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Thomas E. Blonski: Vulnerable patients need Maggie Hassan's HELP

By THOMAS E. BLONSKI
April 26. 2018 6:00PM




THE FEDERAL 340B Drug Discount Program was signed into law in 1992, and like most government programs, it started with great intentions. By design, the 340B program was meant to serve low-income Americans by providing greater access to prescription medications at a steep discount.

The program requires pharmaceutical manufacturers to provide discounted drugs to participating hospitals and other providers that serve uninsured or vulnerable patients. Unfortunately, these discounts are not being passed along to the patients — rather they are being retained by hospitals and clinics for their bottom line. New Hampshire’s needy patients, plus those served by the program in rural communities, demand that the 340B program operates as originally intended.

So, what’s the problem?

Bad actors, mainly large hospitals, enrolled in the 340B program are absorbing these savings, keeping the profits for themselves instead of passing them along to the patients. Studies show many of these hospitals charge low-income patients full price, even though the hospital is getting the 340B discount.

According to a House Energy and Commerce report on 340B, in 2005, the program had more than 500 enrolled hospitals receiving the discount to serve needy patients with affordable medications. That number has jumped to almost 2,500 as of October 2017. At the same time, and with a similar trend, the number of 340B contract pharmacies increased exponentially. The program is now being used and in many cases, abused, by the very hospitals and clinics that were meant to serve these vulnerable or uninsured populations.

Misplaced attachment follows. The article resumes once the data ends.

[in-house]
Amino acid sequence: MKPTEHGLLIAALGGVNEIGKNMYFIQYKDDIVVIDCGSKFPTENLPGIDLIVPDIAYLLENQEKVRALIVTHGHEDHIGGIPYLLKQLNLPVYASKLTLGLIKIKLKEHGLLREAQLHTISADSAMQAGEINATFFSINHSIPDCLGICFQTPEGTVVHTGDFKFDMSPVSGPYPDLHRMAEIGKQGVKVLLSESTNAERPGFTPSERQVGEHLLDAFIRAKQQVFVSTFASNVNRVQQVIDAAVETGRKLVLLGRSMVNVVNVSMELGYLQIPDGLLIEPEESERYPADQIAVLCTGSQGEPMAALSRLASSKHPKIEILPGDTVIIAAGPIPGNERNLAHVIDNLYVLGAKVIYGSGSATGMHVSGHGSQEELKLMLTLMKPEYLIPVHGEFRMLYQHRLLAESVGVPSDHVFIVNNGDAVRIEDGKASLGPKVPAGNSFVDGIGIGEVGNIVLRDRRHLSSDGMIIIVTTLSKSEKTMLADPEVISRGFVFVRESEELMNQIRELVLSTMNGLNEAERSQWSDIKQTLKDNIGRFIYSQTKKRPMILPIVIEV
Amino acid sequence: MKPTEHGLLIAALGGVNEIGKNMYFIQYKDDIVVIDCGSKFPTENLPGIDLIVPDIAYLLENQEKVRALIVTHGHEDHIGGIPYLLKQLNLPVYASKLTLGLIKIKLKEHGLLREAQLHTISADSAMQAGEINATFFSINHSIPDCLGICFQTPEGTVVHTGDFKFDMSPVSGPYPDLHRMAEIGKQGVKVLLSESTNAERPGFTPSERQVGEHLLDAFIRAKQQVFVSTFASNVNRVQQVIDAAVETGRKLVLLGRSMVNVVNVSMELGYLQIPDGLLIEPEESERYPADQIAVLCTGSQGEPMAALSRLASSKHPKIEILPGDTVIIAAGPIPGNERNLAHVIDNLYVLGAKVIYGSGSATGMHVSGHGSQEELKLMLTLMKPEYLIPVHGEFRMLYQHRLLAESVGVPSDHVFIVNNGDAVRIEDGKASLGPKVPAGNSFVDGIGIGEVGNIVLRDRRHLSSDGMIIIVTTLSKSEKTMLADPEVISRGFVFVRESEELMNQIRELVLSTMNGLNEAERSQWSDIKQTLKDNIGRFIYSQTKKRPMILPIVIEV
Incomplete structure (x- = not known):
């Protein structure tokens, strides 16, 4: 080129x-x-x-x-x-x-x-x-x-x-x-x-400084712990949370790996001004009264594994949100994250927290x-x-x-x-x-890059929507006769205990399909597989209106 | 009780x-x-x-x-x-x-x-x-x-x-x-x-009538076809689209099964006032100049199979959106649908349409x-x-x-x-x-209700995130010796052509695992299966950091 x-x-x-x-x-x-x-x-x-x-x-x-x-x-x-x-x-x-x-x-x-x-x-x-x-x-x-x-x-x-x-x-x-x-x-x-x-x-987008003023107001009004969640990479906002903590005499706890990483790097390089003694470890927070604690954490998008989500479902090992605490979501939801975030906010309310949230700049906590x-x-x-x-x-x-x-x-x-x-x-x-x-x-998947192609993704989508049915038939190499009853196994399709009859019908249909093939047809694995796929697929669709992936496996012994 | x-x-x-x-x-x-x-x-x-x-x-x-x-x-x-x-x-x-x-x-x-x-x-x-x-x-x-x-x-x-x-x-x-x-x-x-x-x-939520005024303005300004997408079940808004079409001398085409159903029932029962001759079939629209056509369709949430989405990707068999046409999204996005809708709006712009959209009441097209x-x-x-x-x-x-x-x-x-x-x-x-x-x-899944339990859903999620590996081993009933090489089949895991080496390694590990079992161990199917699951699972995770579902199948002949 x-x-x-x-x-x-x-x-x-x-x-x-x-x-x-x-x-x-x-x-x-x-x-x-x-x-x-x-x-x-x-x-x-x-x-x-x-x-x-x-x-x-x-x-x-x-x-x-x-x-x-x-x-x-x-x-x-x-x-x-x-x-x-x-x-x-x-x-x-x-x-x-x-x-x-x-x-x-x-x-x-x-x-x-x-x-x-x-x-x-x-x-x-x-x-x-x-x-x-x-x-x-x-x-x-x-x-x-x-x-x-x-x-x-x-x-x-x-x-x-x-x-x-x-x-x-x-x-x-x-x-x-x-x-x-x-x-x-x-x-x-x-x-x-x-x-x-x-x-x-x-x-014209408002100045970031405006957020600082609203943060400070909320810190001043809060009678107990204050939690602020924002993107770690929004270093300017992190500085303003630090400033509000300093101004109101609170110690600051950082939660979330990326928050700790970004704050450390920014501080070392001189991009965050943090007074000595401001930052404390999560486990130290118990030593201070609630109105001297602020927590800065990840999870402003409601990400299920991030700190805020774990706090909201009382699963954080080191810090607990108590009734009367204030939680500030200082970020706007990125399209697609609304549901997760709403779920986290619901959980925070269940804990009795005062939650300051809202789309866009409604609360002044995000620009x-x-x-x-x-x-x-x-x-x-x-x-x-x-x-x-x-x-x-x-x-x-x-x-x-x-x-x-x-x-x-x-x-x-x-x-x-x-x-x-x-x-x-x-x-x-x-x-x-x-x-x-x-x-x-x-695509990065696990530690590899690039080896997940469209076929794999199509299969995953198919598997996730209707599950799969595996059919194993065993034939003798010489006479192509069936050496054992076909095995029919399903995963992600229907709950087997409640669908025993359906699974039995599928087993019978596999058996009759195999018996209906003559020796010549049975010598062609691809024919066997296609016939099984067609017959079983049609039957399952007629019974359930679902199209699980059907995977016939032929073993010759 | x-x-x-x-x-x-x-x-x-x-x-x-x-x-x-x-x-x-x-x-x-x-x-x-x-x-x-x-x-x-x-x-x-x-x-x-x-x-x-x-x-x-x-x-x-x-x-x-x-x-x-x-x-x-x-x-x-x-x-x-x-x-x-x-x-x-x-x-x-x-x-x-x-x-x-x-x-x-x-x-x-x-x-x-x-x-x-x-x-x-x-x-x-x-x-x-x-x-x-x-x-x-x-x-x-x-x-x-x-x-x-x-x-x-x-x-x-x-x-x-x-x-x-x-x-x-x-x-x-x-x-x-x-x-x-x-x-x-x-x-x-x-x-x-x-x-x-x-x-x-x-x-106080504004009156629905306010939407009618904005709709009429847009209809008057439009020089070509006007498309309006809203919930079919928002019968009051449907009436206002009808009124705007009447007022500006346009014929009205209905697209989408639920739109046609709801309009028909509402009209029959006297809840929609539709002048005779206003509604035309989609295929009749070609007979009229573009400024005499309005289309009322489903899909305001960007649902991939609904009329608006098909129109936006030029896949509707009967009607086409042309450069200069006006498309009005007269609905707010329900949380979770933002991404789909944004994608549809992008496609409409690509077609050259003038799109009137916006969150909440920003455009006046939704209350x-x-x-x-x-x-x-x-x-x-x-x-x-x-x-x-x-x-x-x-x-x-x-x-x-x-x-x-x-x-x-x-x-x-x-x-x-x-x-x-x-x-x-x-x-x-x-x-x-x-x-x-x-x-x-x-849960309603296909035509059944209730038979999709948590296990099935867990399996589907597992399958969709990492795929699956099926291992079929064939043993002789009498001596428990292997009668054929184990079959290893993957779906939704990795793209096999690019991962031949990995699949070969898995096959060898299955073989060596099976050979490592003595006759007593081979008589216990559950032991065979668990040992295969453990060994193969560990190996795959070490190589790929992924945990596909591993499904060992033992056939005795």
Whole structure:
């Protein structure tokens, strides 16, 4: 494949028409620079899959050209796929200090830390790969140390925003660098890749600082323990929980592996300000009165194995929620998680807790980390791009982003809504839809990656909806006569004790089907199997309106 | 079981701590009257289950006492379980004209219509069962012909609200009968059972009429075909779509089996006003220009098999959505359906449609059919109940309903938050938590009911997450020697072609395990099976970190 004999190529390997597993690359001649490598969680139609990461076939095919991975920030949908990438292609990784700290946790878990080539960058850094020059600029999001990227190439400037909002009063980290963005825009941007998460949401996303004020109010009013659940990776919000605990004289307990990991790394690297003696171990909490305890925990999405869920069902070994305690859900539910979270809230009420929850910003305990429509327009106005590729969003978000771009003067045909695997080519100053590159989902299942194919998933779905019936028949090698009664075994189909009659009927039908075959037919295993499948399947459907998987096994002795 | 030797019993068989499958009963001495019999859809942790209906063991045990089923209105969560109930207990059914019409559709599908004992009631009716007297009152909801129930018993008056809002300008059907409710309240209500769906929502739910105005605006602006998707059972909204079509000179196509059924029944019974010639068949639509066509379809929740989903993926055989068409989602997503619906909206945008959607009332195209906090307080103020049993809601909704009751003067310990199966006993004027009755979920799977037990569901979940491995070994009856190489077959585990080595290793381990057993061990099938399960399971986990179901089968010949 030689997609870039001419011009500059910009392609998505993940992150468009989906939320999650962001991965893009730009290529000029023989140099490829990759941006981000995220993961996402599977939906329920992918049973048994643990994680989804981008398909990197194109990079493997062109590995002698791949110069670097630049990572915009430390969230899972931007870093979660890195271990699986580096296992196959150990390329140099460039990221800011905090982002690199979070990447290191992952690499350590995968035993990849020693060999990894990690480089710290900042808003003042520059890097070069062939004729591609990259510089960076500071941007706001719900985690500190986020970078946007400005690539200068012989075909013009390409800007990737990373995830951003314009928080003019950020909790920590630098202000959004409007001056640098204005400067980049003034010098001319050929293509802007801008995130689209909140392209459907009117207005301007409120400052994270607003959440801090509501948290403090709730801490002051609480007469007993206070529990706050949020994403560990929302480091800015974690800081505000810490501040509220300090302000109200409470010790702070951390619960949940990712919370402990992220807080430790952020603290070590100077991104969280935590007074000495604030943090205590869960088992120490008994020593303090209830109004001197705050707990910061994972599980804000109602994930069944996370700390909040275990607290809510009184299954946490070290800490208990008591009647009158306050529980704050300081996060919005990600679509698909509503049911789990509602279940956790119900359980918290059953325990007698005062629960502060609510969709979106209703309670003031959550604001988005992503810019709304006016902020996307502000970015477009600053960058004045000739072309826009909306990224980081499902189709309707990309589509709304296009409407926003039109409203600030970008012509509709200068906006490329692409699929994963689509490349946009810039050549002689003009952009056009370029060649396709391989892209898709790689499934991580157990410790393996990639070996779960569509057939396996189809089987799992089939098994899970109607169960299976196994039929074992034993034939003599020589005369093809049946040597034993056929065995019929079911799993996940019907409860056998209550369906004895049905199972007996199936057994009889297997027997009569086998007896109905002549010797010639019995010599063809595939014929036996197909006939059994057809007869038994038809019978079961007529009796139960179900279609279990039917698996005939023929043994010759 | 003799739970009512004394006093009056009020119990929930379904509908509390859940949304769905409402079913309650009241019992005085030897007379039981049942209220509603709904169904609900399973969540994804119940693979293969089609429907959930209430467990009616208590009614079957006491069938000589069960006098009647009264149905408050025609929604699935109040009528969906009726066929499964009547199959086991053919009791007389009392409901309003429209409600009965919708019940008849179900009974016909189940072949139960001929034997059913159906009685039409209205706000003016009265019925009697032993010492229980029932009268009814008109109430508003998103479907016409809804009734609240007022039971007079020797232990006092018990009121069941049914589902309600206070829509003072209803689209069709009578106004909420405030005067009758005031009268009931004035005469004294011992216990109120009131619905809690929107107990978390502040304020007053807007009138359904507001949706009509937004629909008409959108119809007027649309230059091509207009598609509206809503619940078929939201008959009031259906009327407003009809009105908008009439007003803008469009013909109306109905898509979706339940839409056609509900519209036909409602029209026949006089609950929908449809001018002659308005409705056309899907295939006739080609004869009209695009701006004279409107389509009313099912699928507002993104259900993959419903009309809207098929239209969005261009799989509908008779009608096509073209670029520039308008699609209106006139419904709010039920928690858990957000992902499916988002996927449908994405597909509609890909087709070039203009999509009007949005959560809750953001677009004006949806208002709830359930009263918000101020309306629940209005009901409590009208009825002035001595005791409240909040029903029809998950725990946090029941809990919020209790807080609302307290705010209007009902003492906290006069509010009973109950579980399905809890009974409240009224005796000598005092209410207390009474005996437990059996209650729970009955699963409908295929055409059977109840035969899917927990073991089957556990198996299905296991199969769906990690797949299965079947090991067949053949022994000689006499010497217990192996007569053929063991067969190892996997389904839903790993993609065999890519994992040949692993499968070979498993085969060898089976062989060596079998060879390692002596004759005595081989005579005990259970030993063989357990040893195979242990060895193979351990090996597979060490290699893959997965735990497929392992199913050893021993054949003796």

Similar to the intentions and principles that led to the 340B program’s creation, Catholic Charities New Hampshire strives “to provide person-centered services to strengthen New Hampshire families and build independence.” One of our main missions in New Hampshire is to help make sure “vulnerable people are protected,” which is why I am asking Sen. Maggie Hassan to cosponsor the HELP ACT with Sen. Bill Cassidy, M.D., R-La. The 340B program must get back to the place where it started, helping those that are underserved, underinsured or those who have no health insurance at all.

Sen. Cassidy’s HELP Act is focused on revitalizing the program and ensuring the program is implemented within its original intent. It will enhance accountability by strengthening reporting requirements and stop the growth of 340B entities enrolled until reforms that put the program back on track are in place. Cassidy’s HELP Act will ensure 340B enrolled hospitals and clinics are held accountable to pass the drug discounts along to the patients. I believe most health care providers would be in favor of this legislation. Who doesn’t want to make sure the neediest among us are receiving the care they need?

It is time for New Hampshire to demand greater accountability for the 340B program. Hassan has been an advocate and a leader for New Hampshire’s most vulnerable patients. Catholic Charities New Hampshire encourages Sen. Hassan to continue in this mission by cosponsoring the HELP Act with Sen. Cassidy.

Thomas E. Blonski is president and CEO of Catholic Charities New Hampshire.


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